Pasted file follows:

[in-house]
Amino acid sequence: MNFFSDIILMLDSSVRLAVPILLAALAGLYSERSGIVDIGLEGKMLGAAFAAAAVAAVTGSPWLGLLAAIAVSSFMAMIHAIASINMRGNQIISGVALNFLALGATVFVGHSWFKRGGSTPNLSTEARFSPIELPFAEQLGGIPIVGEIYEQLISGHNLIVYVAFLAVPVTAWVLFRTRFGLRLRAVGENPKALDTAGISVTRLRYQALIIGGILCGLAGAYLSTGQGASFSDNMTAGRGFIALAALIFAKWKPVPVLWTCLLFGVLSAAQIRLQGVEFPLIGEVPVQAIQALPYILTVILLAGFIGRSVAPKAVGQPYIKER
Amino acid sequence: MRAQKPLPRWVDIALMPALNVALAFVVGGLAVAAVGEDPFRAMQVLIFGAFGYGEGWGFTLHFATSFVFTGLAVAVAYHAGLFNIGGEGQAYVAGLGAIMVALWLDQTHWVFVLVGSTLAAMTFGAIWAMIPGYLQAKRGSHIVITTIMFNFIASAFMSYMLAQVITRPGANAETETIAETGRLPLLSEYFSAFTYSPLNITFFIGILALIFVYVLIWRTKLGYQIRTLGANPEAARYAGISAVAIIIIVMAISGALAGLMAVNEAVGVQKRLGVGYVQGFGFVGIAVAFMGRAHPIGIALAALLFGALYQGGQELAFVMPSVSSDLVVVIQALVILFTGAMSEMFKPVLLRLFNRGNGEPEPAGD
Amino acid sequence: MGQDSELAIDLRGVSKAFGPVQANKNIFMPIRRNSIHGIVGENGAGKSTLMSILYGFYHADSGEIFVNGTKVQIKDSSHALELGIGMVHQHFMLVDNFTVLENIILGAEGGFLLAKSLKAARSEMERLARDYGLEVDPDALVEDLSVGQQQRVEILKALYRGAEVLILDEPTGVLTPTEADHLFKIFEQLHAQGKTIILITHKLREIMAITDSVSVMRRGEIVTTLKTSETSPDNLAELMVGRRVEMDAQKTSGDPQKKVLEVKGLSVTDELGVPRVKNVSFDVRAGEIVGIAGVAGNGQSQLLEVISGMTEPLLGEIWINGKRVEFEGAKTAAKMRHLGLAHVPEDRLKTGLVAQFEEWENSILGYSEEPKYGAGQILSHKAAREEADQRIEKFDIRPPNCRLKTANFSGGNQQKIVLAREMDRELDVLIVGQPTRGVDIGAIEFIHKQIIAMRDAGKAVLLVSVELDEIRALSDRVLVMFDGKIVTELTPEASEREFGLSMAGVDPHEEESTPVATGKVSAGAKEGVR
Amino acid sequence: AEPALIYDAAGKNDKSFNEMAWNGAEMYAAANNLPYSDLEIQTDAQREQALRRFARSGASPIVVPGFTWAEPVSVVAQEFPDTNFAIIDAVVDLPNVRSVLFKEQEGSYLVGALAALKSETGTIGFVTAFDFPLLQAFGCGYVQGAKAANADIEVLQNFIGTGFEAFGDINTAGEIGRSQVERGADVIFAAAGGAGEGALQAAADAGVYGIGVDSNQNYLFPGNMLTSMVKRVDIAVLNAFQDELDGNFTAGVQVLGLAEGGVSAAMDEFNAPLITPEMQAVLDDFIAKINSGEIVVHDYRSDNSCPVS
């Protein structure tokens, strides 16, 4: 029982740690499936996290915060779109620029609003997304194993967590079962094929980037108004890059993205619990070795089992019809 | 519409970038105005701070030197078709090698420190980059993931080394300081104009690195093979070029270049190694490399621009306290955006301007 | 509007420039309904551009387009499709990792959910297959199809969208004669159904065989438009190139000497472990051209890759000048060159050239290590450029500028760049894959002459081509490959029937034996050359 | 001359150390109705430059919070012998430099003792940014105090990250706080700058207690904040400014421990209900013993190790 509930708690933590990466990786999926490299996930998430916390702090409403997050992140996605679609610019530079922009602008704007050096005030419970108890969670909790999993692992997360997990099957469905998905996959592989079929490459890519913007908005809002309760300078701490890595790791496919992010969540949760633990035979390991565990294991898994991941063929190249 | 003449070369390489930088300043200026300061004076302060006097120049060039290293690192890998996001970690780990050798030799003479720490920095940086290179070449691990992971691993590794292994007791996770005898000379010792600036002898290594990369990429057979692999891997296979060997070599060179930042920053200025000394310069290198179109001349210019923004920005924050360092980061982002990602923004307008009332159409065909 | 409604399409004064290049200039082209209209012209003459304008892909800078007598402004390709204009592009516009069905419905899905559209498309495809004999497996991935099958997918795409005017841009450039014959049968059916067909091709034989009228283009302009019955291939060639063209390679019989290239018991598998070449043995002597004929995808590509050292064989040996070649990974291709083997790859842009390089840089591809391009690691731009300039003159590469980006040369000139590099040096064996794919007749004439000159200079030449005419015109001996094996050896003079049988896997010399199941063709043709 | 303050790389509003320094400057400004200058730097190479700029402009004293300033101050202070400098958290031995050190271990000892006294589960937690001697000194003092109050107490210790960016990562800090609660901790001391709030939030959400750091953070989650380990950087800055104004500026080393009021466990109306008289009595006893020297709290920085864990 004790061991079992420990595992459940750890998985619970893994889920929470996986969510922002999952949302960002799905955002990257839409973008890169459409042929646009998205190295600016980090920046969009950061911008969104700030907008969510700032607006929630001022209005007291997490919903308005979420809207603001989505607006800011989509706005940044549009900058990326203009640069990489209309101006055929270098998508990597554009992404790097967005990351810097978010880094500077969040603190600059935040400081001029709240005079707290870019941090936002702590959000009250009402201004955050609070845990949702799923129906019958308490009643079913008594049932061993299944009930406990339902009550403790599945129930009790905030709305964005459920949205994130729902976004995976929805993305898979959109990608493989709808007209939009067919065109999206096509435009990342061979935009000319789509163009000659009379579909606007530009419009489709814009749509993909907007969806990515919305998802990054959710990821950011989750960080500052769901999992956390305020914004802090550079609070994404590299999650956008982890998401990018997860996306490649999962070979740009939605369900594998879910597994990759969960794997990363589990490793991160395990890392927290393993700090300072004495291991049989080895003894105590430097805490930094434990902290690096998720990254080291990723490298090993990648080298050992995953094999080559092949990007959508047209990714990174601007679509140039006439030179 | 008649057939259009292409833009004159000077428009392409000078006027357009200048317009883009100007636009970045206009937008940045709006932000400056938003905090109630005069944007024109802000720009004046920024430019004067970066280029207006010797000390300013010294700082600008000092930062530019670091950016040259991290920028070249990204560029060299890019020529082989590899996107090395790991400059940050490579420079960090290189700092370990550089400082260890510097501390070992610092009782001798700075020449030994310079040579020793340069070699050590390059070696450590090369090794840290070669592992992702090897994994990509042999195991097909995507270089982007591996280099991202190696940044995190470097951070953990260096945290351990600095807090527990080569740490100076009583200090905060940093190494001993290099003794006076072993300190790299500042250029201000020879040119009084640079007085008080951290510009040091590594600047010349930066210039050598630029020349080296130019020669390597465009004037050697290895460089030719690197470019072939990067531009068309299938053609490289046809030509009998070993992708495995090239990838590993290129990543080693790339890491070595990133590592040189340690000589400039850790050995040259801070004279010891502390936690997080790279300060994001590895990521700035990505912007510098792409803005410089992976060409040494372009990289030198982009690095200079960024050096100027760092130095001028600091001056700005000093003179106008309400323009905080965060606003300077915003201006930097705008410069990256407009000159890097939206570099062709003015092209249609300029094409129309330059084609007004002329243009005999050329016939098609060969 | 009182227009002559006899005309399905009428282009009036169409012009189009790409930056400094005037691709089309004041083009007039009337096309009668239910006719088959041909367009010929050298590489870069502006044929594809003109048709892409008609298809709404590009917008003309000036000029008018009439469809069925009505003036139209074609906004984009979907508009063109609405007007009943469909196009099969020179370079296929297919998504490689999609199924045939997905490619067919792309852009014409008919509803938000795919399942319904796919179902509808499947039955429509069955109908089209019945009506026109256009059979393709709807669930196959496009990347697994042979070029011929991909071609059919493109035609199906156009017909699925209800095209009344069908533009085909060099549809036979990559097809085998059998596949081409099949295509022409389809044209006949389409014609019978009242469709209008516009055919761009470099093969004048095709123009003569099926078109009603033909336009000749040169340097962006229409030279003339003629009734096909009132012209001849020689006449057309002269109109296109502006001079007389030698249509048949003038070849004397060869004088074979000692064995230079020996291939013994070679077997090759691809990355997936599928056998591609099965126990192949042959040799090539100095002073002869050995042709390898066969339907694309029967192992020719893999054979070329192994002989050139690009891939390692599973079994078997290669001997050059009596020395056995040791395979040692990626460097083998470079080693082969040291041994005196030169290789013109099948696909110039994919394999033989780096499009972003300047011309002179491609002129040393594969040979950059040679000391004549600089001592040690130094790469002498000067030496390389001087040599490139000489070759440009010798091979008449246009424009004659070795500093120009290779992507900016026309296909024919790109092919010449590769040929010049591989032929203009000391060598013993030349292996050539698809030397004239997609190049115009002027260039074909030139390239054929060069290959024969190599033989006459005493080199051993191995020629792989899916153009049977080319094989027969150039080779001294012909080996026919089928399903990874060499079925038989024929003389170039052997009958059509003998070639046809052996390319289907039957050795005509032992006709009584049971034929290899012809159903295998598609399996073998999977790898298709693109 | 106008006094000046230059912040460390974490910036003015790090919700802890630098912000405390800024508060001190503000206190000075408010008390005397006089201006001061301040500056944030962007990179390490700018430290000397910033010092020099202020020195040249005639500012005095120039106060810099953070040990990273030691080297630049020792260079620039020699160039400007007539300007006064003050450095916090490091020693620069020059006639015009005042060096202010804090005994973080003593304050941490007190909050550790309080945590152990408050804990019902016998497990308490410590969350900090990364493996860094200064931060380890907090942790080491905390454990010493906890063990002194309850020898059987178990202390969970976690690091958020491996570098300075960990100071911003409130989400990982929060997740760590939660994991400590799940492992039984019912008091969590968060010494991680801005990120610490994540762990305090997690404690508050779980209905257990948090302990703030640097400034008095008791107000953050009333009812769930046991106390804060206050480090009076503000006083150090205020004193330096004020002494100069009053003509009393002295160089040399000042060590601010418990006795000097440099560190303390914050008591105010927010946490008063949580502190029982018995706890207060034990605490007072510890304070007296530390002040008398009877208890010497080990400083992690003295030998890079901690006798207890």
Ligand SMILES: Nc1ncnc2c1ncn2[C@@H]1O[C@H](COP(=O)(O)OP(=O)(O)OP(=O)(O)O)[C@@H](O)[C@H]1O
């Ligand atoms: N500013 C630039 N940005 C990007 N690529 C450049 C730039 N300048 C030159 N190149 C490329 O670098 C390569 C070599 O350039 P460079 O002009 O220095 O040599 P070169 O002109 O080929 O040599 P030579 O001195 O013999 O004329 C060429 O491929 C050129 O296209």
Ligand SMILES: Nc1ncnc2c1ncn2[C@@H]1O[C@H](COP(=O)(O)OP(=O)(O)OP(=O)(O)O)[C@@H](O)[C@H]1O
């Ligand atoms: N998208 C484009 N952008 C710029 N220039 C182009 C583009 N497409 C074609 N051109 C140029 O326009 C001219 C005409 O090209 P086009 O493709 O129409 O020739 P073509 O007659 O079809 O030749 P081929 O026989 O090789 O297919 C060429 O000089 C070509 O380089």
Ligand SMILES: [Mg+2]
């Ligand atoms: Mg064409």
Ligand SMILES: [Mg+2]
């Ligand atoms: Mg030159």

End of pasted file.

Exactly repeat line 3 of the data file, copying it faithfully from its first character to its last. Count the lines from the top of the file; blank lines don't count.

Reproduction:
Amino acid sequence: MRAQKPLPRWVDIALMPALNVALAFVVGGLAVAAVGEDPFRAMQVLIFGAFGYGEGWGFTLHFATSFVFTGLAVAVAYHAGLFNIGGEGQAYVAGLGAIMVALWLDQTHWVFVLVGSTLAAMTFGAIWAMIPGYLQAKRGSHIVITTIMFNFIASAFMSYMLAQVITRPGANAETETIAETGRLPLLSEYFSAFTYSPLNITFFIGILALIFVYVLIWRTKLGYQIRTLGANPEAARYAGISAVAIIIIVMAISGALAGLMAVNEAVGVQKRLGVGYVQGFGFVGIAVAFMGRAHPIGIALAALLFGALYQGGQELAFVMPSVSSDLVVVIQALVILFTGAMSEMFKPVLLRLFNRGNGEPEPAGD